Tod Mostero, winemaker at the Moueix-owned (and classically farmed) Dominus Estate in Napa, has witnessed the problem. ‘Many compounds contribute to the oxidation (premature or otherwise) of wine. Procyanidins, one of the many types of phenolic compound, are well-known for ‘protecting’ anthocyanins, the colour in wine. Since the concentration of phenolic compounds generally increases during the first part of ripening, then decreases during the last part, overripe fruit can lack certain protective compounds, leading to more rapid oxidation. A high concentration of sugar (and therefore potential alcohol) in overripe fruit may also be a factor that influences oxidation’.

‘But overripe fruit is not the only factor involved,’ says Mostero. ‘I have noticed that many of those who prefer very ripe fruit also prefer to use a lot of oxygen during vinification to make the wine fruity and approachable early on, but it may tend to tire out earlier as well.’

The warning signs of premox in reds are in the appearance of certain aroma markers, even in very young wines, such as prunes, stewed fruits and dried figs, and this is often linked to a rapid evolution in colour. Dubourdieu, and Lavigne have found two specific molecules – ZO1 giving the prune aroma and ZO2 giving a stewed fruit smell – that develop rapidly in the presence of oxygen.

Ripe for discussion

Not everyone agrees that this is a widespread issue. Dany Rolland, the wife and laboratory partner of wine consultant Michel Rolland, has been a vocal campaigner for riper fruit, and says that any issues are easily manageable with correct winemaking.

‘We have seen premox in whites, certainly, but have not found issues with reds. We are used to working with very ripe fruit in Pomerol, St-Emilion, Argentina and California, but we simply protect the fruit and ensure stable conditions throughout the winemaking process. For Christmas 2012, we drank a double magnum of the 1989 vintage from one of the first Argentinian wines we ever made. It had 16% alcohol and a pH of around 4, but it was drinking perfectly and was young and fresh.

‘Perhaps certain organic wines that work with very low doses of sulphur have the potential of developing unwanted issues such as brettonamyces, but not necessarily early oxidation. And even here if you work carefully with inert gas it is perfectly possible to allow them to age without worrying about the risks.’

Michel Rolland himself points to the influence of acidity.‘Great reds tend to stay at below 3.8pH. This will always help with their ability to age. Even on Bordeaux’s Right Bank, the best soils and terroirs have that ability to retain acidity even with very ripe fruit and in very hot vintages. But ensuring a good pH is open to everyone, and can be achieved by ensuring the vineyards are well looked after, with no over-fertilising and a good root system.

Proving this point, I recently attended a vertical of Pomerol’s Eglise-Clinet with Michel and Dany Rolland, where the levels of alcohol ran from 12.5% in the 1990s to 14.5% in 2009 and 2010. There was no hint of oxidation in any of them – but what was remarkable was that the pH was nearly always the same (between 3.6 and 3.75) regardless of the alcohol level. Owner Denis Durantou ascribed this to the work he did in the field, and the ‘old vines, with deep roots, along with the cool clay soils’.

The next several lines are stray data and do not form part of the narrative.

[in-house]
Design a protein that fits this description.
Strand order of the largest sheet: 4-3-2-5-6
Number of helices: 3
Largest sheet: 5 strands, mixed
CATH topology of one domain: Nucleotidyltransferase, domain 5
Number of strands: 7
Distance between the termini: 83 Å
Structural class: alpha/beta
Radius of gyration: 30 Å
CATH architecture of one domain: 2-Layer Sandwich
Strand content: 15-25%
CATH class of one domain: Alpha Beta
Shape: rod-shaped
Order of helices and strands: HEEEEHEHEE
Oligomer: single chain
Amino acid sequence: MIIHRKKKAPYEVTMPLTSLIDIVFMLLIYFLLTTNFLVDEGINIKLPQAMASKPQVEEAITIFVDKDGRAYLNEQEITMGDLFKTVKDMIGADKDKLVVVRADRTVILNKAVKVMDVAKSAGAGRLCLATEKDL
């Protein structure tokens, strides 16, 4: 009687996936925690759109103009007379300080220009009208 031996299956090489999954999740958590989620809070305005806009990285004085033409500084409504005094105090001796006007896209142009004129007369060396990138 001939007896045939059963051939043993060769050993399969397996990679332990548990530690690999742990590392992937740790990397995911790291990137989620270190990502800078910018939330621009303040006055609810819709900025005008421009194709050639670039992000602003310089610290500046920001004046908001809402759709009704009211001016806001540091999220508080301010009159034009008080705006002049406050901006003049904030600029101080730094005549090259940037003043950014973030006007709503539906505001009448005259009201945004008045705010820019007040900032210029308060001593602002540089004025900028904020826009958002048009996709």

‘The problem is that many of us have become intolerant of acidity in wine,’ says Lavigne. ‘So winemakers do all they can to ensure soft, supple and fruity tastes. All of these potential issues come from things that winemakers are doing with the best intentions. Ripe grapes, new oak, low sulphur use – these are all things intended to improve the wine and to benefit the consumer. But it’s important to warn that it’s possible to go too far.

‘So far we have had very little response from the winemaking community to our study, but it took almost a decade for the work we did on premox in whites to be taken up widely, so I am not giving up hope,’ she says.

‘And if consumers start opening bottles that disappoint them, as they did with the whites, then more producers will start to pay attention.’

What is premature oxidation?

Premature oxidation was first discovered in white wines that lost their fruit aromas more quickly than anticipated, developing instead heavier smells such as honey and beeswax, while their colour faded quickly to russet and brown.

Signs of ageing occur in all wines over time, but the accelerated version seen with premox is detrimental when it affects wines that are sold as having great ageing potential – hence the focus on white Burgundy initially, as the expectation for ageing is so high for those wines, so the corresponding disappointment was inevitably acute.

In red wines, the warning signs come with prune, fig and other dried fruit aromas – these are positively sought in specific types of wines such as Amarone or Port, but would be a likely indication in a young dry red that the wine will not age as it should. Some styles of dry reds – such as still Douro reds and some Languedoc wines – naturally have dried fruit aromas when young, and are made from grapes with high natural acidity and resistance to heat. But the danger comes with other grape varieties that are more susceptible to fluctuations in temperature.

The focus of the Bordeaux research so far has been Merlot, as that is the most widely planted variety in Bordeaux, and it suffers in very hot years, but any heat-sensitive grapes are at risk.

Written by Jane Anson